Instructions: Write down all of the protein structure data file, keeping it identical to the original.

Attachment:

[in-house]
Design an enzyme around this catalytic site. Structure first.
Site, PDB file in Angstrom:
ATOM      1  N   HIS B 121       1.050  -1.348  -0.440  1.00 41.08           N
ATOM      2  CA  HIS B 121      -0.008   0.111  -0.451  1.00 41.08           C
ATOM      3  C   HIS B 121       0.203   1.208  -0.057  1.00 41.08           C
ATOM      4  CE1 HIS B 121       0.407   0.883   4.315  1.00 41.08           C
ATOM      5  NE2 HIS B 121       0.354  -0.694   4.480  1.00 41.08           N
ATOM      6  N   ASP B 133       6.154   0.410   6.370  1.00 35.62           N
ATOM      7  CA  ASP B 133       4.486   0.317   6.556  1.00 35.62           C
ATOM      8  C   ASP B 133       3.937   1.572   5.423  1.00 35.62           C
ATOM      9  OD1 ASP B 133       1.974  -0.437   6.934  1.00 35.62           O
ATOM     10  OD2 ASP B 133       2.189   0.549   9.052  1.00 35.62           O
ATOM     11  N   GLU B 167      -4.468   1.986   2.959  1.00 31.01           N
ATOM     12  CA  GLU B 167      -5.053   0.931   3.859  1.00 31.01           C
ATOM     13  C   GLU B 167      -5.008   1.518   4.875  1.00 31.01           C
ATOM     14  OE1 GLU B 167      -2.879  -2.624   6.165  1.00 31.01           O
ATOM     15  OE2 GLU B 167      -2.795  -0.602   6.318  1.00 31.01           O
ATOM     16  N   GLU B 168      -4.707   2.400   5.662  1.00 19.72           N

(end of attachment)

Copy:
[in-house]
Design an enzyme around this catalytic site. Structure first.
Site, PDB file in Angstrom:
ATOM      1  N   HIS B 121       1.050  -1.348  -0.440  1.00 41.08           N
ATOM      2  CA  HIS B 121      -0.008   0.111  -0.451  1.00 41.08           C
ATOM      3  C   HIS B 121       0.203   1.208  -0.057  1.00 41.08           C
ATOM      4  CE1 HIS B 121       0.407   0.883   4.315  1.00 41.08           C
ATOM      5  NE2 HIS B 121       0.354  -0.694   4.480  1.00 41.08           N
ATOM      6  N   ASP B 133       6.154   0.410   6.370  1.00 35.62           N
ATOM      7  CA  ASP B 133       4.486   0.317   6.556  1.00 35.62           C
ATOM      8  C   ASP B 133       3.937   1.572   5.423  1.00 35.62           C
ATOM      9  OD1 ASP B 133       1.974  -0.437   6.934  1.00 35.62           O
ATOM     10  OD2 ASP B 133       2.189   0.549   9.052  1.00 35.62           O
ATOM     11  N   GLU B 167      -4.468   1.986   2.959  1.00 31.01           N
ATOM     12  CA  GLU B 167      -5.053   0.931   3.859  1.00 31.01           C
ATOM     13  C   GLU B 167      -5.008   1.518   4.875  1.00 31.01           C
ATOM     14  OE1 GLU B 167      -2.879  -2.624   6.165  1.00 31.01           O
ATOM     15  OE2 GLU B 167      -2.795  -0.602   6.318  1.00 31.01           O
ATOM     16  N   GLU B 168      -4.707   2.400   5.662  1.00 19.72           N